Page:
When the Kings drafted Nik Stauskas back in June, the reaction of most Kings fans was confusion. Didn't the Kings just draft a shooting guard the year prior? Wasn't there a need for better defense?
Still, the selection made sense after further thought. Yes, the Kings had drafted a Shooting Guard in Ben McLemore the year before, but McLemore was also the only real Shooting Guard on the entire roster and he had struggled mightily in his rookie season. The Kings also wanted guys that could help now, and players like Noah Vonleh and Elfrid Payton were considered riskier prospects that would take time to develop.
As such, expectations for Nik Stauskas' rookie season are a little higher due to the fact that he's expected to be able to come in and help right away, at least on the offensive side of the ball. Unlike McLemore last year, Stauskas has an elite skill he can rely on night in and night out in his shooting.
When McLemore was drafted, his shooting was a plus, having shot 42% from downtown in his lone year of college. However, that didn't really translate in the NBA where that percentage dropped all the way to 32%. I don't foresee Nik Stauskas having that same problem. Stauskas shot both a higher percentage (44.1% over two years) and a higher volume of attempts (5.8 a game in his sophomore year) from long range. In NBA Summer League, he shot 47.8% from three in 7 games.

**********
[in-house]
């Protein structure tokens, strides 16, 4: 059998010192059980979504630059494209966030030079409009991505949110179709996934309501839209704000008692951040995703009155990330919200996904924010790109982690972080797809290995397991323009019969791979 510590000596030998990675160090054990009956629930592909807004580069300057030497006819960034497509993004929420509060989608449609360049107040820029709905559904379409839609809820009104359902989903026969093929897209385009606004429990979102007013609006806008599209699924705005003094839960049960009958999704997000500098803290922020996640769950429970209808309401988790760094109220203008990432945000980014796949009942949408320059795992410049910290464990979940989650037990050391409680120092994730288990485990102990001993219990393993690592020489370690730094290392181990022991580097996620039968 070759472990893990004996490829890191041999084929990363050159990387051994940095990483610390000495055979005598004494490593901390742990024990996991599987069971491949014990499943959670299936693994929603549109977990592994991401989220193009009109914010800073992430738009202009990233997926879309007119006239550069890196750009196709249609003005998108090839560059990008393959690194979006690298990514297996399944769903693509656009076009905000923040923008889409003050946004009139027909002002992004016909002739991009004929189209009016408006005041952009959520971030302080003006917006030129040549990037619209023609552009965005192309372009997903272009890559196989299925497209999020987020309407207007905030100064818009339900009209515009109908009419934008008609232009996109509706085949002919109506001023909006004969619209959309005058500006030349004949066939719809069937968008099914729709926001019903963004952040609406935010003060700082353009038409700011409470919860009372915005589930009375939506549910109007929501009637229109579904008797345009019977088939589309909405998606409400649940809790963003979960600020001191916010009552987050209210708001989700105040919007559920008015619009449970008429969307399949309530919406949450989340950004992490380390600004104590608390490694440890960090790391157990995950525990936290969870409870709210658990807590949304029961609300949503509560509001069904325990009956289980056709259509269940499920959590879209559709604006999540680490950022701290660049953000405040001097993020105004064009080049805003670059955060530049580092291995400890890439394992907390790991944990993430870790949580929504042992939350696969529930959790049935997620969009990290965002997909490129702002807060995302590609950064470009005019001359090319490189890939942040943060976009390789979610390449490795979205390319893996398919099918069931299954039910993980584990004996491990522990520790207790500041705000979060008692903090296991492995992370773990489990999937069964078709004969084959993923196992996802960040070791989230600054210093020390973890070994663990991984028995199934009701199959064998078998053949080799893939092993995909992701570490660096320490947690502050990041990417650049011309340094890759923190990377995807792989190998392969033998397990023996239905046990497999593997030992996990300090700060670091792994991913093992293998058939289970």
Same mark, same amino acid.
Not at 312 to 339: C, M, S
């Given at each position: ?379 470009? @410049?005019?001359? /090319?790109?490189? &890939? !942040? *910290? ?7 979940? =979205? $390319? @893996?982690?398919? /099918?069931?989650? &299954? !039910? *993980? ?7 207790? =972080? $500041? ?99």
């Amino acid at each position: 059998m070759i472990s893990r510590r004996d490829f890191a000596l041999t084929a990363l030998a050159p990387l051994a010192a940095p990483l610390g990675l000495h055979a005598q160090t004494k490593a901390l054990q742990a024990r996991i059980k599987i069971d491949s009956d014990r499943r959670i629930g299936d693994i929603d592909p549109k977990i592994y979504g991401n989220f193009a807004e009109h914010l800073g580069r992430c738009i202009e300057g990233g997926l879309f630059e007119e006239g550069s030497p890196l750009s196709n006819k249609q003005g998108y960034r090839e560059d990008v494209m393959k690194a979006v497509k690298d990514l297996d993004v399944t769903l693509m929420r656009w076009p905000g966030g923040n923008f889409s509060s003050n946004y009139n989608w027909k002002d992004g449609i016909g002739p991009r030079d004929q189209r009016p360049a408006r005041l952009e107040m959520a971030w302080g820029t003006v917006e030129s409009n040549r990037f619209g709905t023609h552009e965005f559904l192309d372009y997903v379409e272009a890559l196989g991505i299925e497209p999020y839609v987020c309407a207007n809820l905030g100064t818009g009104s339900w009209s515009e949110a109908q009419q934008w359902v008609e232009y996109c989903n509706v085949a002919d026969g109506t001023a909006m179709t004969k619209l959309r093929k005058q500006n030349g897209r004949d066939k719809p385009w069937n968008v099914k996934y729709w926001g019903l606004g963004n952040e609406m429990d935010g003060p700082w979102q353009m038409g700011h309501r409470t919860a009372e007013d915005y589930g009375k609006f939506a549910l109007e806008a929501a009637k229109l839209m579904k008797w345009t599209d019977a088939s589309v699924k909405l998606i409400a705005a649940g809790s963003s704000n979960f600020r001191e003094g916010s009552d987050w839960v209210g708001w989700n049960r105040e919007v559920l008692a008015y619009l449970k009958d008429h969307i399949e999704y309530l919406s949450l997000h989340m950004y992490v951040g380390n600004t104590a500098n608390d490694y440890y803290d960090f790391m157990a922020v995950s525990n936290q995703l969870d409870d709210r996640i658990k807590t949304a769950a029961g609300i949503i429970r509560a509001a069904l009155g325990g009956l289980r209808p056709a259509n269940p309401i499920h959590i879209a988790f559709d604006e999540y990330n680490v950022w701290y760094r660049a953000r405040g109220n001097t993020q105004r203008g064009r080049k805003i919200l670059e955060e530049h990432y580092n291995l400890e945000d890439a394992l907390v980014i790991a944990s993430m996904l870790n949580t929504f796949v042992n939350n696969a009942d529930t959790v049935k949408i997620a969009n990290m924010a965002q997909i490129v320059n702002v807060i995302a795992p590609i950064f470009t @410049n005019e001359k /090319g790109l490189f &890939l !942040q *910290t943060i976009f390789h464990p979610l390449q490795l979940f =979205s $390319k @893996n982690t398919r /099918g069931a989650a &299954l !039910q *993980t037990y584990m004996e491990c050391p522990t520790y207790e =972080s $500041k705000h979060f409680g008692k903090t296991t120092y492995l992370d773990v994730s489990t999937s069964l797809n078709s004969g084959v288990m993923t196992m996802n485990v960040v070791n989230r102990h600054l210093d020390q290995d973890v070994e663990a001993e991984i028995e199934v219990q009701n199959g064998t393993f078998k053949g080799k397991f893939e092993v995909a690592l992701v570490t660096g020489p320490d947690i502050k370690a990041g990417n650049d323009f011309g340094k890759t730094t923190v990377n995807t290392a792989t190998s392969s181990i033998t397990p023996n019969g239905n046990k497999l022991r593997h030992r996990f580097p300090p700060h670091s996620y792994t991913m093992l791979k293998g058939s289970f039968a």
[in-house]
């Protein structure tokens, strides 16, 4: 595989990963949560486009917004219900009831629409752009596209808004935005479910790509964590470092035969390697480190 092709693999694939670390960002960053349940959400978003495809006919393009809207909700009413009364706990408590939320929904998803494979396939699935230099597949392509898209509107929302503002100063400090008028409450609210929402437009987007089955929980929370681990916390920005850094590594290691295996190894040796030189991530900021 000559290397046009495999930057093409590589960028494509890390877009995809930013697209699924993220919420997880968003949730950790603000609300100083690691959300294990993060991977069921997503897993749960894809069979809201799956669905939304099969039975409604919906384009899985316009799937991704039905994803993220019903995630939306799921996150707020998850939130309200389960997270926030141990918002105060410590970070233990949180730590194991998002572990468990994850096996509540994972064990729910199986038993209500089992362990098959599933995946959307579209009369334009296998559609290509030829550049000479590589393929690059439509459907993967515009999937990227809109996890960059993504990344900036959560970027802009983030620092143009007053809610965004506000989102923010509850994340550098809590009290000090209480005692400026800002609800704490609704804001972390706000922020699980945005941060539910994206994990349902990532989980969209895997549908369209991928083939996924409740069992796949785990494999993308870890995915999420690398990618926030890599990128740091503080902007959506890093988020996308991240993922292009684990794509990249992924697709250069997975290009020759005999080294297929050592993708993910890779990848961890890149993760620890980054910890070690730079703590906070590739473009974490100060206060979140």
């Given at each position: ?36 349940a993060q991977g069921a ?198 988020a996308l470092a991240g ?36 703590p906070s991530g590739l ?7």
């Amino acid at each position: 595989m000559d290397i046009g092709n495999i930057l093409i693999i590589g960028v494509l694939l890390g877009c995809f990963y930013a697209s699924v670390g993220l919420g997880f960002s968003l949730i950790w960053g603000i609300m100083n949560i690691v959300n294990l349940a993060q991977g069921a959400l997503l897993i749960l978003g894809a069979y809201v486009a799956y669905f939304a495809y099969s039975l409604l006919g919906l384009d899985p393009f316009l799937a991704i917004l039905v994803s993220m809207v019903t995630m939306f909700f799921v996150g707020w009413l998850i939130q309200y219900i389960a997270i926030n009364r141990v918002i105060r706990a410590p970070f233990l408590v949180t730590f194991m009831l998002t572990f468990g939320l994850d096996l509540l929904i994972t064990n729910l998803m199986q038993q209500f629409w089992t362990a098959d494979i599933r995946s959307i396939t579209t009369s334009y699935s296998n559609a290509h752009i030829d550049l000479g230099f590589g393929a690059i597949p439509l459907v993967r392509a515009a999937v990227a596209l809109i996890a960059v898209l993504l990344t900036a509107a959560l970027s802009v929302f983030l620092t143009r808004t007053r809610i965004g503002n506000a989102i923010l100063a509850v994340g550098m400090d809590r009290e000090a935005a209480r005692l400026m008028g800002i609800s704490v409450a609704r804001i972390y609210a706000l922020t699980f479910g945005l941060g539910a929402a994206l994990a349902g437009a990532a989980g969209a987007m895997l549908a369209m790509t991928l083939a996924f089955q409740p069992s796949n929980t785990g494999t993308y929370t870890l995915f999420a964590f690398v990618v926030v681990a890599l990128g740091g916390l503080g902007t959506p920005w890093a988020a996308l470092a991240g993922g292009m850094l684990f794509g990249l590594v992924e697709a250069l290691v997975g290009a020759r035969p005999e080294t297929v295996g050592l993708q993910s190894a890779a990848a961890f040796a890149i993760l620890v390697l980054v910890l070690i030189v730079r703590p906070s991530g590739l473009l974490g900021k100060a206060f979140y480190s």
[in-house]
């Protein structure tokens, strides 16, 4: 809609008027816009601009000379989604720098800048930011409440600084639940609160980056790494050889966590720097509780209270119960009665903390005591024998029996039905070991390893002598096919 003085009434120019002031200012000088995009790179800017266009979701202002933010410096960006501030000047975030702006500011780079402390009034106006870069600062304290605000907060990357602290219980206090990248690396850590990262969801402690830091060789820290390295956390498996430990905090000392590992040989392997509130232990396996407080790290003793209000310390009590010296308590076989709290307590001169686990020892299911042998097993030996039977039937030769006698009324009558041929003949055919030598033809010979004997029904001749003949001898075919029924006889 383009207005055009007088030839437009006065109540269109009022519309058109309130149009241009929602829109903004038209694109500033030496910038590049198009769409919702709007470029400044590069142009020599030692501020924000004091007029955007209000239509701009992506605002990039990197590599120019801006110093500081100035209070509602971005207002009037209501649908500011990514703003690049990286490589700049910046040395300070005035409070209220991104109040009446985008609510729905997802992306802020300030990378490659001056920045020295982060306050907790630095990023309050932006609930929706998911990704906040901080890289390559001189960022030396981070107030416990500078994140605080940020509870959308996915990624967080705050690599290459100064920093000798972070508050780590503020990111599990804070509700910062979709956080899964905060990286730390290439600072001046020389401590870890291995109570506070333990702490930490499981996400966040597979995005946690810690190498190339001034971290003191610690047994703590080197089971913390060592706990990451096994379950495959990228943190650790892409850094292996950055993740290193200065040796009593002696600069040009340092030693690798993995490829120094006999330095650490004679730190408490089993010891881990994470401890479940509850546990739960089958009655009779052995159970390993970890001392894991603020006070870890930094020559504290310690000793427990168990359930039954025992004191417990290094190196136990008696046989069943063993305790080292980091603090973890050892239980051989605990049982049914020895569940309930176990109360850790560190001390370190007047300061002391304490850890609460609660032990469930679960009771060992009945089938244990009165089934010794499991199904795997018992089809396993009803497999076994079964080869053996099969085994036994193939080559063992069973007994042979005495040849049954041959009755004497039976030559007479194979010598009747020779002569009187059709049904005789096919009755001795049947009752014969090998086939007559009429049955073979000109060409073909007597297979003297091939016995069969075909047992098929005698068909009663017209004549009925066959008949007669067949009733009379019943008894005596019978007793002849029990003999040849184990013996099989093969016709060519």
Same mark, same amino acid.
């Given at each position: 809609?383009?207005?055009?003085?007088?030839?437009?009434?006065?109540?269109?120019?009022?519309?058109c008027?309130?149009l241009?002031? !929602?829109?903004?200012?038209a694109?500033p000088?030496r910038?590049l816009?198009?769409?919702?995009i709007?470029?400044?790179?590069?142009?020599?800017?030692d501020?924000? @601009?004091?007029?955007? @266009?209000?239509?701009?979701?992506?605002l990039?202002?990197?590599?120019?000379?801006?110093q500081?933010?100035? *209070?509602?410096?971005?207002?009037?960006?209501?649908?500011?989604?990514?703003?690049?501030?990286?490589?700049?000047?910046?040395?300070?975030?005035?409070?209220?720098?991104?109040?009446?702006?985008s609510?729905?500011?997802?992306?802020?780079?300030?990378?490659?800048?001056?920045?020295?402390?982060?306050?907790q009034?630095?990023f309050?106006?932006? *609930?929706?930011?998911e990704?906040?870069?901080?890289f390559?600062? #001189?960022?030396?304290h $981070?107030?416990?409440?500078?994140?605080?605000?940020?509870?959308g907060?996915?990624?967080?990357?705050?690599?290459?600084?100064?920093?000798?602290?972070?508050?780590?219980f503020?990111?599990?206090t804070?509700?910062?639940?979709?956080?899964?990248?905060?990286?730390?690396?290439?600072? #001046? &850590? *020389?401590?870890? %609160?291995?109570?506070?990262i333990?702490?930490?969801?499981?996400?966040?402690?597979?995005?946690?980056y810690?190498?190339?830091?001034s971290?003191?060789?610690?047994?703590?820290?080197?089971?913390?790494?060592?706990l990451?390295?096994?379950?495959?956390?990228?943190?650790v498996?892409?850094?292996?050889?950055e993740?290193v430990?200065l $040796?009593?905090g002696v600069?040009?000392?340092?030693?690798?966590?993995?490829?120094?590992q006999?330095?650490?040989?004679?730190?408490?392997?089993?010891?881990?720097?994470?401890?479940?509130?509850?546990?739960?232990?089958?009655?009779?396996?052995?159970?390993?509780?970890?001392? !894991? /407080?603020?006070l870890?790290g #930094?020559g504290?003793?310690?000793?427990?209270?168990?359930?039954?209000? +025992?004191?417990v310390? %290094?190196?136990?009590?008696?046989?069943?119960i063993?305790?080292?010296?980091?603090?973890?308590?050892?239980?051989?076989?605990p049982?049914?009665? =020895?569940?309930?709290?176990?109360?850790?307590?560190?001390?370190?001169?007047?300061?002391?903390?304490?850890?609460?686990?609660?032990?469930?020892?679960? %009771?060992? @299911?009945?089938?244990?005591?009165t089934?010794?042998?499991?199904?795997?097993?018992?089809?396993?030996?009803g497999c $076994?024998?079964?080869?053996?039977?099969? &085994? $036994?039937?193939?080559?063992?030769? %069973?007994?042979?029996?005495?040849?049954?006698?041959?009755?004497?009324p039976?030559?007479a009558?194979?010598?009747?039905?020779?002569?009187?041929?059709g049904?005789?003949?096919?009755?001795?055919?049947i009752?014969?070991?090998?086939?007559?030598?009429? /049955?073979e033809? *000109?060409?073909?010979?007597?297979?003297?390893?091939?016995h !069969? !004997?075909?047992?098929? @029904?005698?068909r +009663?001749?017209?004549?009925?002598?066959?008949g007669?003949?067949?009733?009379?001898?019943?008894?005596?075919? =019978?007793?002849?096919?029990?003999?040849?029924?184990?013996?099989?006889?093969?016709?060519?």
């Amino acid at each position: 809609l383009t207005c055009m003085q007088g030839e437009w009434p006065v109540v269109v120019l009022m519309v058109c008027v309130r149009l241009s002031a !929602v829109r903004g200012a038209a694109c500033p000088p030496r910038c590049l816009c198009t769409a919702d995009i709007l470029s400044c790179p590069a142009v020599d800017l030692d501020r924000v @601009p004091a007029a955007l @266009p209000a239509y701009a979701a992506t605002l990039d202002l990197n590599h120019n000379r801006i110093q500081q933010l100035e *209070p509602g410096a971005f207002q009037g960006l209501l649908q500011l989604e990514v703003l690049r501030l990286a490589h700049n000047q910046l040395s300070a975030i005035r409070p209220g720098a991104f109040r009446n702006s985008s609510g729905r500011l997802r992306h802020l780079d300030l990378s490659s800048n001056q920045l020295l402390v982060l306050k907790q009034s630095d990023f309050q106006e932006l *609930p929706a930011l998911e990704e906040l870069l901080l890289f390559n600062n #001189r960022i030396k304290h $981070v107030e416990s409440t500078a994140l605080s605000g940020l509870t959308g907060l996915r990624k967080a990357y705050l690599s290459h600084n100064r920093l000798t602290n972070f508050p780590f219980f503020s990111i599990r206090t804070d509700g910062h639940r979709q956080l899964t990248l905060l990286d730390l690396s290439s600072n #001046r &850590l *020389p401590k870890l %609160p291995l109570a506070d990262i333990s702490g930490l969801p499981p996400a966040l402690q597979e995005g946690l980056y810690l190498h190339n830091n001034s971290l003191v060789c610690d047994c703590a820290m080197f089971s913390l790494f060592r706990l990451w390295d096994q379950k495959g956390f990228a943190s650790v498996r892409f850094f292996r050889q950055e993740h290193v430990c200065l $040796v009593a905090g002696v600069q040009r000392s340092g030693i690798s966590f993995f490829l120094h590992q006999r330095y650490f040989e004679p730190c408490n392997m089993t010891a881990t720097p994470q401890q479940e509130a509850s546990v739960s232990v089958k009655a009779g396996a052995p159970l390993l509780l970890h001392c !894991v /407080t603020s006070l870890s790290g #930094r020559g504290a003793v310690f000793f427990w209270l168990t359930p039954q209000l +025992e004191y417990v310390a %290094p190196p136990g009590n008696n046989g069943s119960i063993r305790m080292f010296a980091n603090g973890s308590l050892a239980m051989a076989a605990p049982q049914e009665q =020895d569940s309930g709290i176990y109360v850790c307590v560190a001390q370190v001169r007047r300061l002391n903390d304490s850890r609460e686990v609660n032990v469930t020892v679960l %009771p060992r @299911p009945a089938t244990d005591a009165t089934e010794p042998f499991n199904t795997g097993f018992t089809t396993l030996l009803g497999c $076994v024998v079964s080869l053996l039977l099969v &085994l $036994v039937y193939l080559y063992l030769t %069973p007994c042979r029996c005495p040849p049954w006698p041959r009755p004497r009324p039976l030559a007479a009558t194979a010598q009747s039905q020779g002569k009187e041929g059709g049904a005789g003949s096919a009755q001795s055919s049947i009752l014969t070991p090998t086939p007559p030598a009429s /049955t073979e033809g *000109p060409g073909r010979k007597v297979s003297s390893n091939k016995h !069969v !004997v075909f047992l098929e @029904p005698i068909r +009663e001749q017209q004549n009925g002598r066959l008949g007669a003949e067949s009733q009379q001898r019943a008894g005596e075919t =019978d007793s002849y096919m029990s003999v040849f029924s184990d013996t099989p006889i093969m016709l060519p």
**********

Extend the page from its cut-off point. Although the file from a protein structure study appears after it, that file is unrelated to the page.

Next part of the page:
The Kings really struggled from long range last year. They were 27th in 3P% (.333) and 28th in three pointers made. Stauskas can help that from day one. More importantly, unlike previous rookie shooters Ben McLemore and Jimmer Fredette, Stauskas can actually create his own shots thanks to the fact that he's a more than competent ball handler already. In his sophomore year of college, Stauskas was asked to take more of a primary role as a facilitator thanks to Trey Burke leaving for the NBA, and he responded with a big jump in assist rate (7.6% to 18.8%) while keeping his turnover rate about the same (11.5% to 12.0%).
Stauskas also brings high basketball awareness and savvy for a rookie. While Summer League isn't a great indicator of how a player will play, it was the little things that Nik would do that really gave me hope for his future aside from things like his shooting. On a few occasions, Nik would pass up an open shot, not out of timidity like a rookie Fredette once did, in order to get the ball to a teammate in a better position to score. Here's one such example at the 26 second mark:
Nik still has a lot of work to do on his game (particularly on defense), and he almost certainly won't be a "star" as a rookie (or possibly ever), but he can help and he can help now. Simply having someone that can be relied upon to hit an open shot and to move the ball when the opportunity presents itself is a big boon to Sacramento's offense.